“Of what use would be the rule of faith and morals if in every particular case the faithful could not of themselves make the immediate application, or if they were constantly obliged to consult the Pope or the diocesan pastor? […]
“It would be rendering the superior rule of faith useless, absurd and impossible to require the supreme authority of the Church to make its special and immediate application in every case and upon every occasion which calls it forth.”
In any event, wrangling over all these points is a diversion. The question is one of fact, one of reality:
Regardless of what a man says, do his acts or state clearly manifest, in an open, public way, both a denial of a truth of faith, and a rejection of the magisterium, such that he cannot realistically be considered part of the Church’s visibly united profession of faith?
If so, then he is a heretic and a non-Catholic – whatever he might say to the contrary.
Tradivox Catechism Review
Part I: How can we find the teaching of the universal ordinary magisterium?
Part II: What do the catechisms tell us about heretics and the Church?
Part III: How is the Church “visibly united in faith,” according to Cardinal Billot?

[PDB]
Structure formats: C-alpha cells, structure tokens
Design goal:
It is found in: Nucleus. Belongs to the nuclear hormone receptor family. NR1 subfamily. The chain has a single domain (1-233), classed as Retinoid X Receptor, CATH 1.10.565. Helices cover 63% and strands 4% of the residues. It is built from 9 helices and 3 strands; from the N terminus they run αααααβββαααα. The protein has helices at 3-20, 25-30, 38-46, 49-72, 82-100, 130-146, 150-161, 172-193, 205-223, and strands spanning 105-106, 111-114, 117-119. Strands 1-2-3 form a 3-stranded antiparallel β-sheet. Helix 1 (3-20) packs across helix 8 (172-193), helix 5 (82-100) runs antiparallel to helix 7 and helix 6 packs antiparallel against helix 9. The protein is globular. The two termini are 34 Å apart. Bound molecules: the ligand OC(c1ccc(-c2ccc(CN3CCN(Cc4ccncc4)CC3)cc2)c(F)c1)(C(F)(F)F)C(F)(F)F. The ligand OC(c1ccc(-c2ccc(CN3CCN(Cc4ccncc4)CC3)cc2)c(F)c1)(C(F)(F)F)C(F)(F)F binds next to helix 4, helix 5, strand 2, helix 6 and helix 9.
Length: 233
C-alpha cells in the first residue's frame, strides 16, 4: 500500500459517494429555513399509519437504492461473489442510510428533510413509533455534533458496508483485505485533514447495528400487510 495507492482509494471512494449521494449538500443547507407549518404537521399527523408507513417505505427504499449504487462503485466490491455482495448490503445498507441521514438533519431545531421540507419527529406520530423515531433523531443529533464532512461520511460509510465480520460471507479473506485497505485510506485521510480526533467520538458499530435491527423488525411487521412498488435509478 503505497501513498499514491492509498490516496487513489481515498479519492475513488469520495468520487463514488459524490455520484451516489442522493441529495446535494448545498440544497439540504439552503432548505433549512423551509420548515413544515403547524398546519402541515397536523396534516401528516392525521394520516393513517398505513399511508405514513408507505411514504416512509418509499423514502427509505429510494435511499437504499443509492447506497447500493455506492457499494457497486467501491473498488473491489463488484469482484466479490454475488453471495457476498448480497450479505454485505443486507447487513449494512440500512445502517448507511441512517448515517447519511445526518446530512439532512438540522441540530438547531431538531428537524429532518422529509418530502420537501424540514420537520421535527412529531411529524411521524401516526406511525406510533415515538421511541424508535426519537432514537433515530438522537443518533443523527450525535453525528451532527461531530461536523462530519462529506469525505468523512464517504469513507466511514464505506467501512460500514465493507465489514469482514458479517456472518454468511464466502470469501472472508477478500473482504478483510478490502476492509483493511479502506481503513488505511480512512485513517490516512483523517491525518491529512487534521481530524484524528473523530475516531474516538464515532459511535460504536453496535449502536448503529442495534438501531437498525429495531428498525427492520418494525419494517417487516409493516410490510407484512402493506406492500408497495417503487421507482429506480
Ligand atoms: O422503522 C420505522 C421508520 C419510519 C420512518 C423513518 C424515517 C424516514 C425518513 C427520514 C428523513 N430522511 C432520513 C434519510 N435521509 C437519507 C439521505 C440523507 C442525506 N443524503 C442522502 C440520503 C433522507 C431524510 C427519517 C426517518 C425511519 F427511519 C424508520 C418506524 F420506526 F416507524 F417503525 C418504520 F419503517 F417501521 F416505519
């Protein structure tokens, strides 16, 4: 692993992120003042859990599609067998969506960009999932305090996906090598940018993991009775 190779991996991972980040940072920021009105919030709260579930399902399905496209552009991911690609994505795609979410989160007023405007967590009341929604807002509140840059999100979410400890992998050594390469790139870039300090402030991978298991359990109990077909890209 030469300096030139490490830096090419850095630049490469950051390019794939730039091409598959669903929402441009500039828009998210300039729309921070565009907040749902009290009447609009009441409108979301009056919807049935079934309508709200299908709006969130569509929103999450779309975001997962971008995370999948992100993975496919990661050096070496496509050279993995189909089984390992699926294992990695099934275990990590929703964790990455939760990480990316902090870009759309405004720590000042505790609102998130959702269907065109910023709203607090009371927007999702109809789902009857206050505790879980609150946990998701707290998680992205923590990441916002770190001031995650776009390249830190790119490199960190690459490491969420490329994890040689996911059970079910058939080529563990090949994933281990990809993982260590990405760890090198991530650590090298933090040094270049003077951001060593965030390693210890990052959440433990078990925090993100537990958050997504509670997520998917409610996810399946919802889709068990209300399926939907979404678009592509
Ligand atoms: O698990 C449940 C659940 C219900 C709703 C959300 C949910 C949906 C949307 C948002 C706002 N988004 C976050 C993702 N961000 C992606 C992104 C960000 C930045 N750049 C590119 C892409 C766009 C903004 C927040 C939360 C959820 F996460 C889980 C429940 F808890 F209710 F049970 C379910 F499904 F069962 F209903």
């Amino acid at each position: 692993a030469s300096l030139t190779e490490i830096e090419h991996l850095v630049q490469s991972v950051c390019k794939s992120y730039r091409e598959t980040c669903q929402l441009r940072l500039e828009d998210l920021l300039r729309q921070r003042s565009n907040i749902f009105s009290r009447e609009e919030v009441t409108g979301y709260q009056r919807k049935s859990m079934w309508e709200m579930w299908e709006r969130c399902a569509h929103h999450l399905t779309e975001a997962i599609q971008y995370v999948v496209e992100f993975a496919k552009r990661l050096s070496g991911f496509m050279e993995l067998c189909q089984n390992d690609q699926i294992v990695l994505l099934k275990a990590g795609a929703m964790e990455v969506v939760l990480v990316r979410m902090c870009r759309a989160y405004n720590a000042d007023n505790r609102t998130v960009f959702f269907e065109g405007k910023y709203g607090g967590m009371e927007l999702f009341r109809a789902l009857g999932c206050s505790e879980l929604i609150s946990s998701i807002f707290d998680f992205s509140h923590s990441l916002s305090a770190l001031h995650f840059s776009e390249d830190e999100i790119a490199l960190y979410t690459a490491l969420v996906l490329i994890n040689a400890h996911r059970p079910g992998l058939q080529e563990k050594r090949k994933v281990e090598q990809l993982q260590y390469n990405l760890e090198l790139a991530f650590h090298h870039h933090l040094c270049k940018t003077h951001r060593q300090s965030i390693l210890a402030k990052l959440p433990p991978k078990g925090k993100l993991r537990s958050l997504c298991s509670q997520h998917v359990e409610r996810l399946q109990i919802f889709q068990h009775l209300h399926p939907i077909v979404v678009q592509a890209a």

Part IV: Why is it essential that the Church is visibly united in faith?
Part V: What sort of heresy results in being outside the Church?
Part VI: What is the difference between an excommunicate and an open heretic?
Obj. I: Are we obliged to believe every person who calls himself a Catholic?
Obj. II: Should mistaken Catholics be called “material heretics”?
Obj. III: What is the state of a Catholic who submits to a false magisterium?
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 Leo XIII Encyclical Rerum Novarum 1891, n. 18. Available at: https://www.vatican.va/content/leo-xiii/en/encyclicals/documents/hf_l-xiii_enc_15051891_rerum-novarum.html
 Pope Pius XII, Encyclical Mystici Corporis Christi, 1943, available at https://www.vatican.va/content/pius-xii/en/encyclicals/documents/hf_p-xii_enc_29061943_mystici-corporis-christi.html 22-3.
 Louis Cardinal Billot, Tractatus de Ecclesia Christi, Tomus Prior, Prati ex Officina Libraria Giachetti, Filii et soc, 1909, 293. All translations are by Fr Julian Larrabee unless otherwise mentioned.
 “Note the difference between notorious heresy, and heresy which is sufficient to incur the excommunication of the Bull Apostolicæ Sedis. For to incur that excommunication, any external manifestation is sufficient, even one made in private, that one professes error. But excommunication and its effects relating to the present question will be discussed in the next proposition.” Billot 293
 St Thomas Aquinas, Summa Theologica II-II, Q39 A1
 Billot 304
 Billot 304-5